Right on track


- Philip Cox


As they prepare to cross the convocation stage in June to receive a bachelor’s degree in history with a minor in Spanish, Navarra Houldin is on track to complete what has been by all measures a remarkable journey during their time at the university.

Although they moved to Victoria to pursue their passion for open-water swimming just four years ago, Houldin will graduate as an accomplished researcher, experienced language instructor, seasoned accessibility advocate and improbable website remediator.

“I’ve been busy,” Houldin says with a friendly laugh, as though this were the first time they had stopped to reflect upon their experiences at UVic. “But I’ve been learning a lot and I’ve really been enjoying it.”

Inside the classroom, Houldin’s learning took place on both sides of the lectern. As a student, their interests in history and Spanish language, cultures and gender studies found common ground in the study of Latin American history — with an added, idiosyncratic passion for the early modern history of gender and sexuality in British naval traditions tucked in on the side.

Since 2020, they have also been working as a teaching assistant in Hispanic studies, supporting and providing language instruction in first- and second-year Spanish language courses. It was here that Houldin learned how to design lessons of their own, which started when they noticed non-binary gender inclusive language was only taught in upper-year courses. 

“I had found that, for me, it was useful to know how to correctly use non-binary inclusive language in Spanish,” Houldin states. “When I received feedback that it was also important for some of my students, I did a pile of research to figure out the best and most appropriate ways to teach them how they could describe themselves or the people they’re talking about respectfully while still following the grammatical rules of the language.”

Houldin’s focus on inclusivity extends to their work advocating for and informing the implementation of accessibility standards across the city. In 2019, they were hired by Victoria’s Fringe Festival to evaluate and make recommendations for the accessibility of their theatres and outdoor spaces. This translated into consulting work for other local groups, such as Theatre SKAM, and into regular work with OneAbility, a Victoria-based network of 50 organizations working together to provide sport and recreation opportunities for people with disabilities.

For Houldin, this is as much a labour of love as it is a personal understanding of how accessibility—or a lack thereof—can impact an individual’s lived experiences.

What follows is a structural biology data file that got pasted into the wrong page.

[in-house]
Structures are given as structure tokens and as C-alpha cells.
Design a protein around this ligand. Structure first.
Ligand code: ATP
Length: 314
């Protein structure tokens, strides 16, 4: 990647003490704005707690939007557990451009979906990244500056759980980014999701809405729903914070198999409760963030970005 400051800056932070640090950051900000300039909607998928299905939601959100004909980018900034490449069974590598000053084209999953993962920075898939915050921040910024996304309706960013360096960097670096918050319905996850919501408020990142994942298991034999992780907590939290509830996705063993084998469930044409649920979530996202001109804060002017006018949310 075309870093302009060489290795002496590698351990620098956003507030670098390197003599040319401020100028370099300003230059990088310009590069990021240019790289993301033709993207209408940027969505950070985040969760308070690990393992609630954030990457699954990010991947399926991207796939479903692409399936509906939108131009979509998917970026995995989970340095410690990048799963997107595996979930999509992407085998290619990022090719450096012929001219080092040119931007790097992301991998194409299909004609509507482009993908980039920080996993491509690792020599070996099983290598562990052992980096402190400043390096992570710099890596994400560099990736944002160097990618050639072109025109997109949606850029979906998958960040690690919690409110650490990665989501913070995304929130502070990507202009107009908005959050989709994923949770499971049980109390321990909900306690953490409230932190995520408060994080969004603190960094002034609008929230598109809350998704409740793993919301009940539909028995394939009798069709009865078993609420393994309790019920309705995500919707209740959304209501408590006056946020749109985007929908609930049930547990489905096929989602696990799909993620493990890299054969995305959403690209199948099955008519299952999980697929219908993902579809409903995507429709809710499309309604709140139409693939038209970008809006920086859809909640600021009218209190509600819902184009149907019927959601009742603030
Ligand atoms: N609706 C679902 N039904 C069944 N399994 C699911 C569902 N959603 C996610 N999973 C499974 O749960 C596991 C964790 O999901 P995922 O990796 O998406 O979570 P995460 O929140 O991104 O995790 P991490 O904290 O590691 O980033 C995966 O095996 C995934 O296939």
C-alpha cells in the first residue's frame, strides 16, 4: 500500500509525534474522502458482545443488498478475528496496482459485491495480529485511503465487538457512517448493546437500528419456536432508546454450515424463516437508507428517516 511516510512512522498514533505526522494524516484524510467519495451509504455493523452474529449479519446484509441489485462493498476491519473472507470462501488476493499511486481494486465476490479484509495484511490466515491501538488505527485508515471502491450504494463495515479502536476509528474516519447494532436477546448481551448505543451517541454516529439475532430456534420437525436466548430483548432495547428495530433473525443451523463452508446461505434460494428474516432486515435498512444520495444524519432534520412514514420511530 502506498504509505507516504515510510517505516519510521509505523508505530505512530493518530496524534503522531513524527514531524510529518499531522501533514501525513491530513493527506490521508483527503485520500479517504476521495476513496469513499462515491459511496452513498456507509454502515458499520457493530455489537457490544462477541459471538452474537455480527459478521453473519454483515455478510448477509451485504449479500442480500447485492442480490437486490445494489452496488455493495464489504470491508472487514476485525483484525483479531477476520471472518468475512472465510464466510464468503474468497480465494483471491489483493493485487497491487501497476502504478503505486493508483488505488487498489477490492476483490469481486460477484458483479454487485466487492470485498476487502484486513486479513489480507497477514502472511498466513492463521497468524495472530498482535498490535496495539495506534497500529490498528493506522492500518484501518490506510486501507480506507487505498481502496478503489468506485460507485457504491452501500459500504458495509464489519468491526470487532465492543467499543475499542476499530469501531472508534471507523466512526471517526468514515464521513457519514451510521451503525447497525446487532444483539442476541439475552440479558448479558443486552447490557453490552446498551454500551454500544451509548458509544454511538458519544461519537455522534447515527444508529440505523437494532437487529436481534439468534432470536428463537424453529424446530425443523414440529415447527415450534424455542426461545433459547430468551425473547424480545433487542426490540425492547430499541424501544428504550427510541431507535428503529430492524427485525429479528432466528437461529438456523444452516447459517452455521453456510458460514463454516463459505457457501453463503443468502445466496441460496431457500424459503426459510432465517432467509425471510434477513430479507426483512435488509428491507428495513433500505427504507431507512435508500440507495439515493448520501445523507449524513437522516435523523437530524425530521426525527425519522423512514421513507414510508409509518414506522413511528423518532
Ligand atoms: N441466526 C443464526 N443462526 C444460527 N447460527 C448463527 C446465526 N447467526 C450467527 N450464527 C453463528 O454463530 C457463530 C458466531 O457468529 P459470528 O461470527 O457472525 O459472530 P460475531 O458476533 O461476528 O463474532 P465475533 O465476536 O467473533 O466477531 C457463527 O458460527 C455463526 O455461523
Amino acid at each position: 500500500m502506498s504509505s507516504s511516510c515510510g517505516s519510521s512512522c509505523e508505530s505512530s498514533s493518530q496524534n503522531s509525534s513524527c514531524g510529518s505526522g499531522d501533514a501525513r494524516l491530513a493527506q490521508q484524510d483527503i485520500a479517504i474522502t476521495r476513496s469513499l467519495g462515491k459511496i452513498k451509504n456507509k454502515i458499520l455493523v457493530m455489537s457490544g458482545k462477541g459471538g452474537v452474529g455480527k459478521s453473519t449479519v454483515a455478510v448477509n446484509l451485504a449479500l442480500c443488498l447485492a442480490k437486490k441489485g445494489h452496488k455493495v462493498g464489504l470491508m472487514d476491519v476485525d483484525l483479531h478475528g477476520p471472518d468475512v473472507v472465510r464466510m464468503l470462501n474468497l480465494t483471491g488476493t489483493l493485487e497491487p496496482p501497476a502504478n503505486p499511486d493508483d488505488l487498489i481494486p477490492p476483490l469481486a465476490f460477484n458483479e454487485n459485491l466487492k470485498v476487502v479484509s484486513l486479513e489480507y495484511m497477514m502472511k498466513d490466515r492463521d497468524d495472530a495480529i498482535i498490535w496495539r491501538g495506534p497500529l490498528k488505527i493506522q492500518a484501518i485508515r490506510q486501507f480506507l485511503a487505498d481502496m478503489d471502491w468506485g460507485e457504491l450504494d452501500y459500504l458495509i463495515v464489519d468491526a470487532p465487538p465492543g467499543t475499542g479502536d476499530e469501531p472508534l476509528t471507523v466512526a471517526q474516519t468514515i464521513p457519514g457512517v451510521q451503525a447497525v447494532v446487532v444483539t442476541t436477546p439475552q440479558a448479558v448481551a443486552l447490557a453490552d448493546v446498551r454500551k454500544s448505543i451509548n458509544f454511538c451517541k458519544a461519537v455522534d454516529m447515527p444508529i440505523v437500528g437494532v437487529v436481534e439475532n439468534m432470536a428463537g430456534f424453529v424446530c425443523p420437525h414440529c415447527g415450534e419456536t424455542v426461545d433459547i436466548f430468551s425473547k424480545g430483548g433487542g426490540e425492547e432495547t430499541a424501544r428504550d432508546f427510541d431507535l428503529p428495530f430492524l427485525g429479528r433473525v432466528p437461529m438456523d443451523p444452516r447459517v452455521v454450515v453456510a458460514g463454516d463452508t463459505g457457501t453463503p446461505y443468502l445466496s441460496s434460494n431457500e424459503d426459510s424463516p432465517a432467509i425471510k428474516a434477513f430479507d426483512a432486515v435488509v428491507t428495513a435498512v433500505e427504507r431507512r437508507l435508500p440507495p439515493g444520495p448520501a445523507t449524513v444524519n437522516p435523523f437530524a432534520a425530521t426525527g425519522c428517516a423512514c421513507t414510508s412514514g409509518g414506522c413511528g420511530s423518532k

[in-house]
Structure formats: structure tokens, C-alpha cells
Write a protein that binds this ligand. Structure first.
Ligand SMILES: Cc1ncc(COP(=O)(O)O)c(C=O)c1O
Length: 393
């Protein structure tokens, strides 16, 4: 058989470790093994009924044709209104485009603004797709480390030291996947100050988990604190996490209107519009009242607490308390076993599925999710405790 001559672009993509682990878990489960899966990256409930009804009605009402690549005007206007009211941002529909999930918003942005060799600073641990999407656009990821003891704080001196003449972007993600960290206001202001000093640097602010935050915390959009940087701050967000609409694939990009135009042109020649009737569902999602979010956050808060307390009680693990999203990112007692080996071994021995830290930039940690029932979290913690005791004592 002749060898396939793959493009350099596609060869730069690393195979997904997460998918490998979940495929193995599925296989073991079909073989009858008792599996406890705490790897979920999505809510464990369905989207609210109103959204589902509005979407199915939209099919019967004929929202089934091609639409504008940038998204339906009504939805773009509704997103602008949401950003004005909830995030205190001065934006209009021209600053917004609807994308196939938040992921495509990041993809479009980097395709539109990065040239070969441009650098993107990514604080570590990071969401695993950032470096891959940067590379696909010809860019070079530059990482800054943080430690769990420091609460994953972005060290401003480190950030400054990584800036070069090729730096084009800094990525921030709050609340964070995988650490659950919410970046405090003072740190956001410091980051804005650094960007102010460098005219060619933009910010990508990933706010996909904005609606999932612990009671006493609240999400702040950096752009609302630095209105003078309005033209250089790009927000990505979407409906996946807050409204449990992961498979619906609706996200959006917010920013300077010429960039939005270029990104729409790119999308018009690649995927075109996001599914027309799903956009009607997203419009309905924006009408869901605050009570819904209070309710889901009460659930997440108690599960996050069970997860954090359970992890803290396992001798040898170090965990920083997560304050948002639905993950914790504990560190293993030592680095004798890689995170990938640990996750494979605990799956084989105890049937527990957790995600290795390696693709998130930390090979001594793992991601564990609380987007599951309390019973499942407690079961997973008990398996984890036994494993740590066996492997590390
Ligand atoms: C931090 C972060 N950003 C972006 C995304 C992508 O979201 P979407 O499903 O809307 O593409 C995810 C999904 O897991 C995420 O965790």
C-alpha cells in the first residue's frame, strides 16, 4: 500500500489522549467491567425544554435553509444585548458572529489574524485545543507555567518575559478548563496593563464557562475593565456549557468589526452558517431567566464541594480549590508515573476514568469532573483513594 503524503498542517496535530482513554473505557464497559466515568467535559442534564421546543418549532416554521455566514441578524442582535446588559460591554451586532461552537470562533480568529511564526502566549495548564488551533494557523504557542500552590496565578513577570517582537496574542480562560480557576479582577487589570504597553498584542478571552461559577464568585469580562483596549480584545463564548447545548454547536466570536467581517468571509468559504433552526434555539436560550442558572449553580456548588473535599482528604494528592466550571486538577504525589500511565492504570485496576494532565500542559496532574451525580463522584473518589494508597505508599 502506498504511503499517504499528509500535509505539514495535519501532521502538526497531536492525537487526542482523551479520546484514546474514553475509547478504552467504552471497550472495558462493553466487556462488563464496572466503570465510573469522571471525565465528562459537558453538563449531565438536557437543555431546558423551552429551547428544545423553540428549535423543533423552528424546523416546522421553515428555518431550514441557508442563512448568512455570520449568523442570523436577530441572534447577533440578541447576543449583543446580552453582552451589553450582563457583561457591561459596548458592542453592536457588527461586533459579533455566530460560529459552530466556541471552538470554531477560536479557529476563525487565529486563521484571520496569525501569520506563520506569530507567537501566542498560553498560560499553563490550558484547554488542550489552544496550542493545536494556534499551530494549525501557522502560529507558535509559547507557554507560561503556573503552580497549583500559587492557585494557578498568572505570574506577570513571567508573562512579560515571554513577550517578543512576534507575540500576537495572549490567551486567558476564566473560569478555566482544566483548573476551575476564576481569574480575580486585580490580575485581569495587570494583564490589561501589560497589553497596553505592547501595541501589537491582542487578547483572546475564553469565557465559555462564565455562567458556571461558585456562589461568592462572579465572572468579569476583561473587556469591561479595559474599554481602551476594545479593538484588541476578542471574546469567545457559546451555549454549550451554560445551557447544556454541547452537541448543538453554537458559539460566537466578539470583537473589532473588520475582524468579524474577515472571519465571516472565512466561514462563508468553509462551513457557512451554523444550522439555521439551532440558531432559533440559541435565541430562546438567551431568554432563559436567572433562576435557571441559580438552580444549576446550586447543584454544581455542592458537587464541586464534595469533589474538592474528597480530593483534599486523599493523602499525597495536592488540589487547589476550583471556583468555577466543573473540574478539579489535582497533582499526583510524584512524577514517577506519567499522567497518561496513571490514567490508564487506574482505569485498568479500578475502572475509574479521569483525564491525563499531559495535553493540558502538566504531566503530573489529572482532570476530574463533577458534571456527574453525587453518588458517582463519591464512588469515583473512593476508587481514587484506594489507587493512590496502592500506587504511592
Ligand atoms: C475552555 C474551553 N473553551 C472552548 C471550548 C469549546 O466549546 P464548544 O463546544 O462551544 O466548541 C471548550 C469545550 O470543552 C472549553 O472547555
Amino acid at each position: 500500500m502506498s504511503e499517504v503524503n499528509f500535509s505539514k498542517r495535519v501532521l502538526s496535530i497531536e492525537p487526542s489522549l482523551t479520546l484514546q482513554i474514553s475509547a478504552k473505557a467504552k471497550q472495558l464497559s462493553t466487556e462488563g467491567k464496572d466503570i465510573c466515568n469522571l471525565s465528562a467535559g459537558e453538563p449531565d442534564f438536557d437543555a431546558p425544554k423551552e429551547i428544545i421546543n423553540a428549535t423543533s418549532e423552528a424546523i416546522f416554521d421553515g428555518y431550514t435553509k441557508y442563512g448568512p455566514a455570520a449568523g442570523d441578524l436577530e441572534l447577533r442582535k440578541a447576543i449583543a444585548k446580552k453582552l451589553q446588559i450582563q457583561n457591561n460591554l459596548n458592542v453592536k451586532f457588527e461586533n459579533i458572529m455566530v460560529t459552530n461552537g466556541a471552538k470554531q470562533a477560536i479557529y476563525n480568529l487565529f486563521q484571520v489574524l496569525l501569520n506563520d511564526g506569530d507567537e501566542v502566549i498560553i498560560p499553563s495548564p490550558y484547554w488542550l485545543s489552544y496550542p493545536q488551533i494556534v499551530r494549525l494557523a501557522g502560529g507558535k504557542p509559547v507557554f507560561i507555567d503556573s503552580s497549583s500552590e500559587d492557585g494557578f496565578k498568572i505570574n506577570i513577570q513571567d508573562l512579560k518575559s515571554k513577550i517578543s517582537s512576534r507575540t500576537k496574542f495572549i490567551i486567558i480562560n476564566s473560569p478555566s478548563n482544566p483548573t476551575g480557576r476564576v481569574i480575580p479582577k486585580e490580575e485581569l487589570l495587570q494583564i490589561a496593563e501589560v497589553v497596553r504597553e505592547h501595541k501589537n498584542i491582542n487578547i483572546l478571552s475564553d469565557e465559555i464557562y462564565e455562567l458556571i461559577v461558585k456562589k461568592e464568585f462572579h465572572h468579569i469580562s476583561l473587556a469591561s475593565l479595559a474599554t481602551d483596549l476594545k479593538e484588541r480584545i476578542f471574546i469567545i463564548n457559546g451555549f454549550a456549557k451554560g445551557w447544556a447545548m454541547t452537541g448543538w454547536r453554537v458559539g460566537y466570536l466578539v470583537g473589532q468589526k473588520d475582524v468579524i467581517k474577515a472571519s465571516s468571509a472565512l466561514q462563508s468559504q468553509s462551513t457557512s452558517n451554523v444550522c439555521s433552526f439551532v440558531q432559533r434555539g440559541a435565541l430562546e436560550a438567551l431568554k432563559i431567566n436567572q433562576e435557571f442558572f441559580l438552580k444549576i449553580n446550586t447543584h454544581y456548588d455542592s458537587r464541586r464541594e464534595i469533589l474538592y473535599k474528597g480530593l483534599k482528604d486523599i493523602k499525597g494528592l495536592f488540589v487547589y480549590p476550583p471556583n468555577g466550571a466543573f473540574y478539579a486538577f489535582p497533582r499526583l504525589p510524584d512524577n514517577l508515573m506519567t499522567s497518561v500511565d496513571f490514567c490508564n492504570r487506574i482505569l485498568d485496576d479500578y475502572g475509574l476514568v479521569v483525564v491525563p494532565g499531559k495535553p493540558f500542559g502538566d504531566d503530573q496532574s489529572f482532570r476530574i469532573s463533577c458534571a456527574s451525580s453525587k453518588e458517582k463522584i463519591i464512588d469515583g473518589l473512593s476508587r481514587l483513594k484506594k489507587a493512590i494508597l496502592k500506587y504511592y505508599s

“I’m disabled and I have chronic illnesses, which can be a challenge when working three jobs and taking classes full-time,” they say. “It was too much, and there were days when I physically couldn’t get to class on time because of accessibility challenges, but I was doing what I loved so I made it work as best I could.”

When accessibility is not an issue, it’s quite likely that Houldin will be the first to reach their destination. An accomplished competitive athlete, they have been wheelchair racing throughout their degree, training with local, provincial and national teams in races ranging from 100 to 1,500 metres—highlights of which include a trip to Daytona, Florida for a Team Canada training camp in 2019, where they were invited onto the car racing track to train and leave their mark. 

Among all of the experiences that came out of their degree, Houldin admits that their role as a website remediator with Linked Early Modern Drama Online (LEMDO)—a UVic-based, online editing and anthology-building platform for the publication of early modern dramas—was the least likely to have occurred and most likely to prompt laughter from their family, given their self-described lack of technological know-how.

Nevertheless, they will continue work with LEMDO full-time over the summer while preparing for a program in instructional design this fall and applying for an MA in history that would begin the year after. 

Although their path may look winding from the outside, it’s clear that Houldin is right on track to succeed no matter what direction they choose.

Navarra’s journey through the Faculty of Humanities is a celebration of intellectual vitality and embodied knowledge. A truly remarkable student, Navarra brought their wide-ranging interests and lived experiences to their studies, making outstanding contributions to the faculty and helping us grow as a community along the way.”

—Marina Bettaglio, Associate Professor of Hispanic and Italian Studies


In this story

Keywords: convocation, student life, history, languages and linguistics, athletics, diversity, inclusivity, gender

People: Navarra Houldin

Publication: The Ring

Related stories